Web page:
Pattie Lovett-Reid: Canadians should get back to work if they can
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Collect government benefits or go back to work?
This is very much a discussion happening in some households right now. Once the pandemic hit, Canadians were losing their jobs at a rapid pace and in unprecedented levels. The government response by way of Canada Emergency Response Benefit (CERB) has been a financial lifeline for so many.
The CERB will be paid every four weeks and will be available until October 3, 2020. We are only at the beginning of June so there is still a way to go.
Even with parts of the economy reopening, the ideal job may not present itself right away, or your old job may not pay as much as the government benefit you’re receiving. As a result, some small business owners needing their employees to come back are having a difficult time recruiting them back in to the workforce.
With all the government aid available, there isn't incentive for everyone to go back now, depending on the level of income they earn. Some may be banking on the fact their jobs will be there once the benefits run out. Or at the very least, be able to find a job elsewhere. Either way this is troubling.
Some people on CERB may not want to go back to work because they’re getting free money, but they may also be telling their employers they don’t feel safe coming back. Some may be using it as an excuse, and some may be truly scared. Either way, it might be in your best interest to show up to work and provide your employer with a sound reason you feel unsafe doing your job. Contact your union for guidelines if that applies. Give your employer the opportunity to make you feel safe in your work environment.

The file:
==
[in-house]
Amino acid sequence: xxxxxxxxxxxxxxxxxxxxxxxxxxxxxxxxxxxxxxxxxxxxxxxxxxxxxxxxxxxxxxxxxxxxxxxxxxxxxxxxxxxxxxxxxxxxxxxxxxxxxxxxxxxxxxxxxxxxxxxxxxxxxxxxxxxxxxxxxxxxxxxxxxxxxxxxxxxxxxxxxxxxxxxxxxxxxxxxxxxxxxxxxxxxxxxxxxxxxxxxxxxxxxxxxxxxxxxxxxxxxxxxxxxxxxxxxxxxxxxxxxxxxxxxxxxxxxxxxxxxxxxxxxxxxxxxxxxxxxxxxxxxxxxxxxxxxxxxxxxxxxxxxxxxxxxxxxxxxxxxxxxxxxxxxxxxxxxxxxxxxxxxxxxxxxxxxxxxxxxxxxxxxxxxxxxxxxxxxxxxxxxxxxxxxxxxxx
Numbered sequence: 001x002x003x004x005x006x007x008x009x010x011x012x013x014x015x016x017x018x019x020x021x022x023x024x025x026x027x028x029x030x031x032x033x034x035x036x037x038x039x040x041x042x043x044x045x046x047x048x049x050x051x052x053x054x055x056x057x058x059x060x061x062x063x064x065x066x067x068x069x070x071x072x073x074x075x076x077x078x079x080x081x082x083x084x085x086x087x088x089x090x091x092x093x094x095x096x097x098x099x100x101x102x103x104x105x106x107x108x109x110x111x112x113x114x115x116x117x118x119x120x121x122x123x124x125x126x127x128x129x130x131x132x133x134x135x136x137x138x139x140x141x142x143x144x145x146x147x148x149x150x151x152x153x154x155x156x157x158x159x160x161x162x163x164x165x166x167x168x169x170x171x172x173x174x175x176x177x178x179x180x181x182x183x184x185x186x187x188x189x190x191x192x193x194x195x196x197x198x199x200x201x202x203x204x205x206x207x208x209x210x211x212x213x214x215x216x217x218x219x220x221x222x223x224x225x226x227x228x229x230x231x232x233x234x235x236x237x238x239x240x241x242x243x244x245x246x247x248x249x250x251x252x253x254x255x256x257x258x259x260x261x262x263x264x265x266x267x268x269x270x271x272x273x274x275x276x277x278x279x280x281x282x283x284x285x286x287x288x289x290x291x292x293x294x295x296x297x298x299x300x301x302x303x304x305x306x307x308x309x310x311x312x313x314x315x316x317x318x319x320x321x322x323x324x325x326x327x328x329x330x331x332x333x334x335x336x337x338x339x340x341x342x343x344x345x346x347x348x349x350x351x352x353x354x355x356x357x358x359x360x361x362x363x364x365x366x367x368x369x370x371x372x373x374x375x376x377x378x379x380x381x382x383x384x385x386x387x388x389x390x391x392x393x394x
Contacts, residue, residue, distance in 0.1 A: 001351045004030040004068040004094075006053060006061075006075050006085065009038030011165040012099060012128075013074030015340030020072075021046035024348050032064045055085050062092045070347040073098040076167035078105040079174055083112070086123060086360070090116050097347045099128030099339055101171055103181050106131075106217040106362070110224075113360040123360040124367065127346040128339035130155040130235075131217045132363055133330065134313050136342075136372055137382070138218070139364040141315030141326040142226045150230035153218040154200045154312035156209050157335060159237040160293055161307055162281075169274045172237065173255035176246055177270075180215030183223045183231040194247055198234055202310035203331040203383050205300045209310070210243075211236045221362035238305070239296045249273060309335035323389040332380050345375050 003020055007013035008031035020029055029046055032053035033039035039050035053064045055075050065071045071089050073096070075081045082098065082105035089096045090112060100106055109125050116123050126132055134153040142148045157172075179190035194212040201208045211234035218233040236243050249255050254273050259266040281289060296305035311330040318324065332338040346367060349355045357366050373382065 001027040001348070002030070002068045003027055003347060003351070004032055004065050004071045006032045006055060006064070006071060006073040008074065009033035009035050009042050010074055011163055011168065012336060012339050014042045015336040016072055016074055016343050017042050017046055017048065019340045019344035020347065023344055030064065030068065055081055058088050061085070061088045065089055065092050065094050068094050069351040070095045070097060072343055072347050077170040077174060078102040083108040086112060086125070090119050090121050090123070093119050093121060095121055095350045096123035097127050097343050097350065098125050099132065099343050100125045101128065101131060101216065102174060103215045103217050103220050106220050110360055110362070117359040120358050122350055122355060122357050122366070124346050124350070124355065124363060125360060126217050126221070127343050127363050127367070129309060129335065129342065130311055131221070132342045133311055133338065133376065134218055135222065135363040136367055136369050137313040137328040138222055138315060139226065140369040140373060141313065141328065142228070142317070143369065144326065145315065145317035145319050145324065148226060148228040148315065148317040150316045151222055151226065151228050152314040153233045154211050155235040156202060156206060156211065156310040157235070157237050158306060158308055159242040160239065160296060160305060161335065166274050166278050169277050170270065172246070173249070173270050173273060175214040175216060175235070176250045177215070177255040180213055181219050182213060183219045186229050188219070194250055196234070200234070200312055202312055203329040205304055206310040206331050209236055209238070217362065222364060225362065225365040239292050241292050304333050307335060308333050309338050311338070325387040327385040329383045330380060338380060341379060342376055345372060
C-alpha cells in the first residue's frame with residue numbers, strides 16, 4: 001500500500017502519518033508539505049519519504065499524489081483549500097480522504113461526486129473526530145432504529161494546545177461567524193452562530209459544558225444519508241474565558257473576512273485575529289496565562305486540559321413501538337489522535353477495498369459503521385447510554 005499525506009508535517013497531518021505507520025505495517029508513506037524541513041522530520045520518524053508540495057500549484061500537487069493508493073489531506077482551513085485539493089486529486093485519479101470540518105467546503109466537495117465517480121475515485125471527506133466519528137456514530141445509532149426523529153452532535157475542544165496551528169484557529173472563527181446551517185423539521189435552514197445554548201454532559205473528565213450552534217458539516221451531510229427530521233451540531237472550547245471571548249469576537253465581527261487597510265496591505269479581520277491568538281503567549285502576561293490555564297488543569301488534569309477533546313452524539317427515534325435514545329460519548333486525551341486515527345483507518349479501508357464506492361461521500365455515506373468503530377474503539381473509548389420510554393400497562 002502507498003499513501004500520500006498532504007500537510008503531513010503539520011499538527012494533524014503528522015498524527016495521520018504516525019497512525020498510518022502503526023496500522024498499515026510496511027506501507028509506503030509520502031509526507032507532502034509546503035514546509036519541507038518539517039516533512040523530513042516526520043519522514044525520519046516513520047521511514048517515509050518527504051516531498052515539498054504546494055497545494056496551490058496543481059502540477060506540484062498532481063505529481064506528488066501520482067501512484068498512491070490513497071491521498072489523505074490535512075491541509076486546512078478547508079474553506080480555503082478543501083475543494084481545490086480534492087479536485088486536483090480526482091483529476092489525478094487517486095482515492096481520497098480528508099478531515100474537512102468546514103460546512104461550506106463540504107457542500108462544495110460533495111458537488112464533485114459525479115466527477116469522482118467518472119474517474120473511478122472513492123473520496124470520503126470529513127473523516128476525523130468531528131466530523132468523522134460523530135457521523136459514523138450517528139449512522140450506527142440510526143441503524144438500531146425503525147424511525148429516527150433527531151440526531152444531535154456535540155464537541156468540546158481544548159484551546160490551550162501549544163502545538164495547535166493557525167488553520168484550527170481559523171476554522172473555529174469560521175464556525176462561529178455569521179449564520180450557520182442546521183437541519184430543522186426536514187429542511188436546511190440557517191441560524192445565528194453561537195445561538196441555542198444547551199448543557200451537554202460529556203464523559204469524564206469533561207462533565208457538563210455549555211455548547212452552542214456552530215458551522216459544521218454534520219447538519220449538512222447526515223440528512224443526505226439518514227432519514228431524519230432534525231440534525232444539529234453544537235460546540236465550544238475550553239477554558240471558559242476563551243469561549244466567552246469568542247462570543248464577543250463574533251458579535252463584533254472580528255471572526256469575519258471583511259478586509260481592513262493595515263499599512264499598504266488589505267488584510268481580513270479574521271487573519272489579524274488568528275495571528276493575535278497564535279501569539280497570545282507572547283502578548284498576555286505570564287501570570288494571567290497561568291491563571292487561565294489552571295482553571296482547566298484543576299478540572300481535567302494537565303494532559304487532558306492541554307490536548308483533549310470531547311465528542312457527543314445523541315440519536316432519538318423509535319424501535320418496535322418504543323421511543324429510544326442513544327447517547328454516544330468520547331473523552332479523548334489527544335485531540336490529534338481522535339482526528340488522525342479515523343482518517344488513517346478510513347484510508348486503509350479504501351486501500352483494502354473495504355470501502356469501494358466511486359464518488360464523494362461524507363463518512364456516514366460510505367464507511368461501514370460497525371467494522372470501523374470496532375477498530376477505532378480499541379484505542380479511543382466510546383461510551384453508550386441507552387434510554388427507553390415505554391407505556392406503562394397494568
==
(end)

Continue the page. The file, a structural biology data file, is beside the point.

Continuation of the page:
So the question remains: should you go back to work or continue to collect the government benefit?
The rules state that you can earn up to $1,000 and still be eligible for CERB. Sadly, some are treating this as a bargaining chip with their employers. The $1,000-threshold was put into place to protect those struggling to find some work, but not paid enough to get by.
The prime minister's goal was to get the government aid in the hands of those who needed it as quickly as possible while acknowledging that there could be payments made to those who don’t need the aid. That would be dealt with at a later time. Well it appears that time is nearing.
The Canada Revenue Agency (CRA) is taking this seriously and while it has had a National Leads Programs in place, commonly referred to as a snitch program, it has been updated is now accepting information on potential misuse government aid programs such as the CERB, Canada Emergency Benefit (CESB) and the Canada Emergency Wage Subsidy (CEWS) programs. The Leads program collects data where it is suspected tax cheating may be taking place such as not declaring all your income, accepting aid you aren't entitled to or misusing the wage subsidy program.
Employees beware: If your employer calls you back and you think maybe it is more lucrative to collect the benefit, or the environment doesn't make you feel safe, simply not showing up isn't an option. Your refusal may be deemed a resignation and that in turn could disqualify you for the benefit entirely.
Having a job that will pay the bills long after the government aid is available has to be the preferable course of action for you and the economy.